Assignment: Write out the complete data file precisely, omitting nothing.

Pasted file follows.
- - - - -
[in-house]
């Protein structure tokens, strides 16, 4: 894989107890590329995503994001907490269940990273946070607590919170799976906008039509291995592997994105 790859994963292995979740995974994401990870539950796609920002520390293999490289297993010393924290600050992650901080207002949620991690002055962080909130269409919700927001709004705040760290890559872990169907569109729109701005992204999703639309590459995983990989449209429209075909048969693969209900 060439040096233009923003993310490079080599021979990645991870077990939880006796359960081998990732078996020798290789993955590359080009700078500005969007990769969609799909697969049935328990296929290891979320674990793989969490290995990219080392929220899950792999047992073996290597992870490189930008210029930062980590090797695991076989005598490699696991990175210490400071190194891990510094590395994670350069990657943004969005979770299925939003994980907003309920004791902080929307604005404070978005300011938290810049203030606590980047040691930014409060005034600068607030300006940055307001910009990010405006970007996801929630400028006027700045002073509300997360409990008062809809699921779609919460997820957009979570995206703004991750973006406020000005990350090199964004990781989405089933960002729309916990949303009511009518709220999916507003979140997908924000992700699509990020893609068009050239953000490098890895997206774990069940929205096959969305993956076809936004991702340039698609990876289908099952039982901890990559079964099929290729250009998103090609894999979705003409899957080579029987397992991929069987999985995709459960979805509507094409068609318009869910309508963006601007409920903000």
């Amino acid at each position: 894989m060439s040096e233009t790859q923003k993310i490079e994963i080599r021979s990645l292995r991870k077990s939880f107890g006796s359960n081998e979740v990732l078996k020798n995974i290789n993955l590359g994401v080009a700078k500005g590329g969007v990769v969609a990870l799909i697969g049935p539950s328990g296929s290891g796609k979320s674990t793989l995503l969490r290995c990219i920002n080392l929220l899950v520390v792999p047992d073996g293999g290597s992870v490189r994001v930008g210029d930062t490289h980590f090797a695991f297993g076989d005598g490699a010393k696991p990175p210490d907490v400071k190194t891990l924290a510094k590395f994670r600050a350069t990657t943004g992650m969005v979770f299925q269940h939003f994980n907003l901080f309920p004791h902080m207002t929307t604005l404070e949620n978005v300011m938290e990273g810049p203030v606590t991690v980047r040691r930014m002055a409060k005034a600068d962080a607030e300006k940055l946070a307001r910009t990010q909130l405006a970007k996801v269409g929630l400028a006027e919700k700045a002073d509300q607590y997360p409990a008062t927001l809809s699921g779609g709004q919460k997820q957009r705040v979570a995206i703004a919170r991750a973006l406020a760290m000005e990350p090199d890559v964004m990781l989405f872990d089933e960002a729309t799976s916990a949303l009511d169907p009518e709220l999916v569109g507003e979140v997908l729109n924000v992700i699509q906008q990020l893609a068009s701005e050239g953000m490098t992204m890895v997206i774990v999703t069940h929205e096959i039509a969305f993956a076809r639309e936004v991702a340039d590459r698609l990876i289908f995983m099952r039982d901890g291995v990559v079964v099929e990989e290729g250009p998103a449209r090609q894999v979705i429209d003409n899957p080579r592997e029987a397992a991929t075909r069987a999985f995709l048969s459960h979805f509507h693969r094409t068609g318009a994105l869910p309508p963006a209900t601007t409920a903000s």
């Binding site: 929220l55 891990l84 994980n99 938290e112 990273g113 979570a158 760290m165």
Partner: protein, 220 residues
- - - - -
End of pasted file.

[in-house]
């Protein structure tokens, strides 16, 4: 894989107890590329995503994001907490269940990273946070607590919170799976906008039509291995592997994105 790859994963292995979740995974994401990870539950796609920002520390293999490289297993010393924290600050992650901080207002949620991690002055962080909130269409919700927001709004705040760290890559872990169907569109729109701005992204999703639309590459995983990989449209429209075909048969693969209900 060439040096233009923003993310490079080599021979990645991870077990939880006796359960081998990732078996020798290789993955590359080009700078500005969007990769969609799909697969049935328990296929290891979320674990793989969490290995990219080392929220899950792999047992073996290597992870490189930008210029930062980590090797695991076989005598490699696991990175210490400071190194891990510094590395994670350069990657943004969005979770299925939003994980907003309920004791902080929307604005404070978005300011938290810049203030606590980047040691930014409060005034600068607030300006940055307001910009990010405006970007996801929630400028006027700045002073509300997360409990008062809809699921779609919460997820957009979570995206703004991750973006406020000005990350090199964004990781989405089933960002729309916990949303009511009518709220999916507003979140997908924000992700699509990020893609068009050239953000490098890895997206774990069940929205096959969305993956076809936004991702340039698609990876289908099952039982901890990559079964099929290729250009998103090609894999979705003409899957080579029987397992991929069987999985995709459960979805509507094409068609318009869910309508963006601007409920903000």
């Amino acid at each position: 894989m060439s040096e233009t790859q923003k993310i490079e994963i080599r021979s990645l292995r991870k077990s939880f107890g006796s359960n081998e979740v990732l078996k020798n995974i290789n993955l590359g994401v080009a700078k500005g590329g969007v990769v969609a990870l799909i697969g049935p539950s328990g296929s290891g796609k979320s674990t793989l995503l969490r290995c990219i920002n080392l929220l899950v520390v792999p047992d073996g293999g290597s992870v490189r994001v930008g210029d930062t490289h980590f090797a695991f297993g076989d005598g490699a010393k696991p990175p210490d907490v400071k190194t891990l924290a510094k590395f994670r600050a350069t990657t943004g992650m969005v979770f299925q269940h939003f994980n907003l901080f309920p004791h902080m207002t929307t604005l404070e949620n978005v300011m938290e990273g810049p203030v606590t991690v980047r040691r930014m002055a409060k005034a600068d962080a607030e300006k940055l946070a307001r910009t990010q909130l405006a970007k996801v269409g929630l400028a006027e919700k700045a002073d509300q607590y997360p409990a008062t927001l809809s699921g779609g709004q919460k997820q957009r705040v979570a995206i703004a919170r991750a973006l406020a760290m000005e990350p090199d890559v964004m990781l989405f872990d089933e960002a729309t799976s916990a949303l009511d169907p009518e709220l999916v569109g507003e979140v997908l729109n924000v992700i699509q906008q990020l893609a068009s701005e050239g953000m490098t992204m890895v997206i774990v999703t069940h929205e096959i039509a969305f993956a076809r639309e936004v991702a340039d590459r698609l990876i289908f995983m099952r039982d901890g291995v990559v079964v099929e990989e290729g250009p998103a449209r090609q894999v979705i429209d003409n899957p080579r592997e029987a397992a991929t075909r069987a999985f995709l048969s459960h979805f509507h693969r094409t068609g318009a994105l869910p309508p963006a209900t601007t409920a903000s």
């Binding site: 929220l55 891990l84 994980n99 938290e112 990273g113 979570a158 760290m165």
Partner: protein, 220 residues